The bitter cold is moving into Central Texas.

That means many of us will turn the heater up to stay warm.

While you are staying cozy and warm from the artic cold front, there are some energy saving tips you can apply to save some money on your next utility bill.

Heating and air conditioning can account for more than 50% of a home’s energy usage, according to Entergy Texas.

They say setting the thermostat to 68 degrees during the winter months is an easy way to reduce your energy usage. Every degree above 68 degrees can increase your bill by about 3%. So, if you turn it up to 78 degrees, for example, you could add 30% to your bill.

Try these low-cost tips from Entergy to keep your bill down, while still staying warm:

  • Seal air leaks. Install weather stripping around your doors, windows and any location where there may be a path between the inside and outside of your home or business.
  • Conserve hot water. Wrap your electric water heater with a water heater blanket that can be found at local home improvement stores and set the thermostat to 120 degrees or medium.
  • Keep all doors and windows closed. Constantly opening doors and windows will let out the warm air, forcing your heater to work harder to keep the room at the set temperature.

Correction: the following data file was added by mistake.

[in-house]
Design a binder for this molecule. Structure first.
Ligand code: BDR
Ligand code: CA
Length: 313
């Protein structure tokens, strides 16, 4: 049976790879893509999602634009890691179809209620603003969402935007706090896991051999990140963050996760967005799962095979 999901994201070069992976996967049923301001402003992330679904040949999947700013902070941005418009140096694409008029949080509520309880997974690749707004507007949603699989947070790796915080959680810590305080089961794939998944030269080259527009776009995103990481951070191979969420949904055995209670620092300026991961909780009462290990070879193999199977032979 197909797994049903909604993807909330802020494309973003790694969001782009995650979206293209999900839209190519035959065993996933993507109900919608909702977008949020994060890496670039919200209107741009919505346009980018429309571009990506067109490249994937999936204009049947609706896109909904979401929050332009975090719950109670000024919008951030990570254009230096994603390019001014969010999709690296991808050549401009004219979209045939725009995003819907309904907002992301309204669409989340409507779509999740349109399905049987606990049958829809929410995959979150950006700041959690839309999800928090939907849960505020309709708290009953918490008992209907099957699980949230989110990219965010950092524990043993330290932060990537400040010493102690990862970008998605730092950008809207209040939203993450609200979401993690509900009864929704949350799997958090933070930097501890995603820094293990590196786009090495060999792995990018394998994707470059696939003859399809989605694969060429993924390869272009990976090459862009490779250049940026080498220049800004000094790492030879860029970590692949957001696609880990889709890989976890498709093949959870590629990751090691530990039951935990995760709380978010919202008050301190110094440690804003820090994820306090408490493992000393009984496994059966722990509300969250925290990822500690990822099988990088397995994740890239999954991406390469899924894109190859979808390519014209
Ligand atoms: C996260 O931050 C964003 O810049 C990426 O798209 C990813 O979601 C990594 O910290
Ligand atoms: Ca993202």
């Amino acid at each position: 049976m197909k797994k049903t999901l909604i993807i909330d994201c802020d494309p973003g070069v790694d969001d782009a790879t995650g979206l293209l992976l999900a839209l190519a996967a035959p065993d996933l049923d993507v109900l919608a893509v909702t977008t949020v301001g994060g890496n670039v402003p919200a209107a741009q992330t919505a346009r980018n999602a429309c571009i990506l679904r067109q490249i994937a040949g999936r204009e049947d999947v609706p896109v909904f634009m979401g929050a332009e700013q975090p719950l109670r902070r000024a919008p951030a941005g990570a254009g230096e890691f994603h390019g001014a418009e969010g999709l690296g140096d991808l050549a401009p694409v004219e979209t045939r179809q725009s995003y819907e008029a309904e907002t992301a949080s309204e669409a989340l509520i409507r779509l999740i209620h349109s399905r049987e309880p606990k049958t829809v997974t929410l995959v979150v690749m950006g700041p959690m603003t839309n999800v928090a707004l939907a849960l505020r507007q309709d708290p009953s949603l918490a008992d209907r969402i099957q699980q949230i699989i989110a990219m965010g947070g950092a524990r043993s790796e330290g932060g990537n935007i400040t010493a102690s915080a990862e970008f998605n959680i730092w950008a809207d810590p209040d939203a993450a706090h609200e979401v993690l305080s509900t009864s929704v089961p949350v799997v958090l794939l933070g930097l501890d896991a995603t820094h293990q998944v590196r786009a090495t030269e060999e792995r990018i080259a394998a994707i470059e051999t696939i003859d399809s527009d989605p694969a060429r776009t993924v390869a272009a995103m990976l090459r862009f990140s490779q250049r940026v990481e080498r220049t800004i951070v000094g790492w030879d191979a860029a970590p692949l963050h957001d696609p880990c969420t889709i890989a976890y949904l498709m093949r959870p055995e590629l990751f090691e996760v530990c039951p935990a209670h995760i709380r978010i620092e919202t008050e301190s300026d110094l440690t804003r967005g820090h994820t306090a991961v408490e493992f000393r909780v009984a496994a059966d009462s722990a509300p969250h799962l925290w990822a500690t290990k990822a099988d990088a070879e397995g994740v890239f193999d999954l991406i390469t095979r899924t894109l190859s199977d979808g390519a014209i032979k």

• Ensure fans are turning the right way. Fans should be run at a low speed clockwise during the winter. This helps keep the cold air from blowing down on you.
  • Keep the air circulating. Do not block heat registers or air returns with curtains or furniture.
  • Leverage the sun. During the day, open your curtains and blinds to let in the warm sunlight. Close them at night to reduce heat loss.

If you're having a hard time to pay your utility bill, due to the pandemic or the arctic blast, many providers have flexible payment arrangements.

Also, don't forget to look out for your pipes by dripping your indoor faucets (especially at night) and leaving cabinets open (if safe to do so with no small, curious children in your home) so that warmer air can circulate around the pipes under your sinks. Wrap up outdoor faucets with a thick rag or foam insulators.

While you're doing all that, also make sure you take care of any outdoor pets you have. If it's too cold out there for you, it's also too cold for them. Don't just assume your pets have ways of finding shelter and warmth on their own. They depend on you.

My coworker Toni Gee has some great tips for taking care of your pets during the cold weather here. Be sure to check out her article for ways you can make sure your four-legged friend is safe and happy.

Stay warm, Central Texas!

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